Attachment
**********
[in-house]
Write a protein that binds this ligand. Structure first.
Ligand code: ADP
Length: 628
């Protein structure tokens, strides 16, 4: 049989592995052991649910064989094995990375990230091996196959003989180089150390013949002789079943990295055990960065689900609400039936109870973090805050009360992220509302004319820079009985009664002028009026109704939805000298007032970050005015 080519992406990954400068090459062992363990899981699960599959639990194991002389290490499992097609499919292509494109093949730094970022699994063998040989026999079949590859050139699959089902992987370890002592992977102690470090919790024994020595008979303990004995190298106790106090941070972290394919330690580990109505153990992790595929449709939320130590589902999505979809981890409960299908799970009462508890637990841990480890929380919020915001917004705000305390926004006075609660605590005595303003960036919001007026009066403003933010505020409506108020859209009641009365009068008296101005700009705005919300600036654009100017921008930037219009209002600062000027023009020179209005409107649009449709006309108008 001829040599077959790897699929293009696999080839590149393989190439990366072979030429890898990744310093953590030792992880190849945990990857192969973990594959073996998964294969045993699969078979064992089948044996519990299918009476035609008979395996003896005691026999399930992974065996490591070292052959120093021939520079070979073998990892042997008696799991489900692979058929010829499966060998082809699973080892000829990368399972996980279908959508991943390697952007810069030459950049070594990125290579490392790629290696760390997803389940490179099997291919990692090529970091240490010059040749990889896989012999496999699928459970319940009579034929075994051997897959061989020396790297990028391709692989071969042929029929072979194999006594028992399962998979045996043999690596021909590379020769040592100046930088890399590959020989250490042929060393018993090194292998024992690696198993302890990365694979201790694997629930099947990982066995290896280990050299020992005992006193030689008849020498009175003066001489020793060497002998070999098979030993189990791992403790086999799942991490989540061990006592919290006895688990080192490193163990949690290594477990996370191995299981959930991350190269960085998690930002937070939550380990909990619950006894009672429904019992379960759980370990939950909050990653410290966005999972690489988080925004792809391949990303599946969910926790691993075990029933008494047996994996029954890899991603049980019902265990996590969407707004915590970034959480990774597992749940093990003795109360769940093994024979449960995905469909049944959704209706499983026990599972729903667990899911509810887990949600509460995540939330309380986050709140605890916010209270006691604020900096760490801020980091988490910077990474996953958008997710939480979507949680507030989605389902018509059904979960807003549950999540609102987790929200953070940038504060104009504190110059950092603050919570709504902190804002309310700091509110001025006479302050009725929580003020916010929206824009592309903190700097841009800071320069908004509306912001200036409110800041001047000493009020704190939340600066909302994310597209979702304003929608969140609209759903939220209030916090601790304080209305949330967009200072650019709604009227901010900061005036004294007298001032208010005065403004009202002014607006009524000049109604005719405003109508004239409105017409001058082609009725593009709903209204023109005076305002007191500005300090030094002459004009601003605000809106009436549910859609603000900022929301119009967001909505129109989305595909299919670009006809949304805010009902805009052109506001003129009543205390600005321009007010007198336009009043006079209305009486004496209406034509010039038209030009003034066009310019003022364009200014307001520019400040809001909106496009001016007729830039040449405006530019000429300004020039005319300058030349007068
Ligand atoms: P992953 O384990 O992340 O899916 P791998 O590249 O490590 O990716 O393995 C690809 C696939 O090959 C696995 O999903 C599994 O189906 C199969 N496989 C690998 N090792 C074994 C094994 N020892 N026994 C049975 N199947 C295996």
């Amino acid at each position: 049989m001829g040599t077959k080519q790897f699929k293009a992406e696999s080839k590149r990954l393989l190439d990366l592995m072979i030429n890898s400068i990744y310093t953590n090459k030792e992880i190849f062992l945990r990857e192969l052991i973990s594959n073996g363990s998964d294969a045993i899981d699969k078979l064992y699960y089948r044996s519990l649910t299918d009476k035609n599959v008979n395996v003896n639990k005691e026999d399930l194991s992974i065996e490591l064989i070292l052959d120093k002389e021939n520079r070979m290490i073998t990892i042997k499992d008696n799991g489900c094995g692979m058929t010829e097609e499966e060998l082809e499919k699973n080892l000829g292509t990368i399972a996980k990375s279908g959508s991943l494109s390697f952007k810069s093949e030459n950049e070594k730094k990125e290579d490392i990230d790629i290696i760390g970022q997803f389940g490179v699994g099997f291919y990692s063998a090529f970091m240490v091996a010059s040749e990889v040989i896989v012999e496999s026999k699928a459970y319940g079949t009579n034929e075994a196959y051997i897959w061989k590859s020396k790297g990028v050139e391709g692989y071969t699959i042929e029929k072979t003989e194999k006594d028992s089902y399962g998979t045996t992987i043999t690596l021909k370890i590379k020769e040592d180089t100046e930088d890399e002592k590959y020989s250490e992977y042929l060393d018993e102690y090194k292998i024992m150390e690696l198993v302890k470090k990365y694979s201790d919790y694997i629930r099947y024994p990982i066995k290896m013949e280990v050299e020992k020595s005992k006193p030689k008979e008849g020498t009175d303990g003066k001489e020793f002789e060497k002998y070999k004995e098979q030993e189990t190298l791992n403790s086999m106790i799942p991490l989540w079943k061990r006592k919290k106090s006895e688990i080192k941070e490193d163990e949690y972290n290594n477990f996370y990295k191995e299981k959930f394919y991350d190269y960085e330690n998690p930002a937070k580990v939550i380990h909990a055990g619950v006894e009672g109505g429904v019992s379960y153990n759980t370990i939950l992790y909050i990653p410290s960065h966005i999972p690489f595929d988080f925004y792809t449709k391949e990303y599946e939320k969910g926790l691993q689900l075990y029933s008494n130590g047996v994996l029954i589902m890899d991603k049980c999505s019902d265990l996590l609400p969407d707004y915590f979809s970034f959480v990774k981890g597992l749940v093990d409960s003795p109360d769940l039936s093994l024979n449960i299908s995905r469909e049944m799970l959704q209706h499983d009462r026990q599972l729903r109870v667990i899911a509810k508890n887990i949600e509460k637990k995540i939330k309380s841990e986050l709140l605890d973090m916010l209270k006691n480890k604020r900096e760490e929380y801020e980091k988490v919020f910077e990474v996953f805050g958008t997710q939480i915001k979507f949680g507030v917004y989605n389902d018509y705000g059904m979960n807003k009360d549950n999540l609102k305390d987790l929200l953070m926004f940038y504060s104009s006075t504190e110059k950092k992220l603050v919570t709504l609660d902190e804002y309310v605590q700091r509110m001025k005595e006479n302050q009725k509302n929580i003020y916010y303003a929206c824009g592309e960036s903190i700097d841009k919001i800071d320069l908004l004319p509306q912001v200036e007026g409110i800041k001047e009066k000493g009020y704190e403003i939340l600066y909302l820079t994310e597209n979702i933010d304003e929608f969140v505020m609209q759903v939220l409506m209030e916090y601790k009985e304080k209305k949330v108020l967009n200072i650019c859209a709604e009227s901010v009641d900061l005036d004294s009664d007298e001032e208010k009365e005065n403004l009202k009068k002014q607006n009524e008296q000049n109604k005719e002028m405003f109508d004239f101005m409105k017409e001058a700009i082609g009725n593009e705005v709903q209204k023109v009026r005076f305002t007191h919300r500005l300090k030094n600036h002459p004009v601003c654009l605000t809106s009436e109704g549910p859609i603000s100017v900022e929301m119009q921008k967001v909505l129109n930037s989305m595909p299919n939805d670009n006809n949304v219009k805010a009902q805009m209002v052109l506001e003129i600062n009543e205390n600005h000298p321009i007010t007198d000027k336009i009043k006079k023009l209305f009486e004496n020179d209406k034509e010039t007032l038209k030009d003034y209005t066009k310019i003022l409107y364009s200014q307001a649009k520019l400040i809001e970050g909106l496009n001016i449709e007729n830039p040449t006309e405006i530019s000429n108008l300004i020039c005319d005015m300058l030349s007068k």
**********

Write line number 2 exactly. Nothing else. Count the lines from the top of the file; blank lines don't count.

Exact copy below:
Write a protein that binds this ligand. Structure first.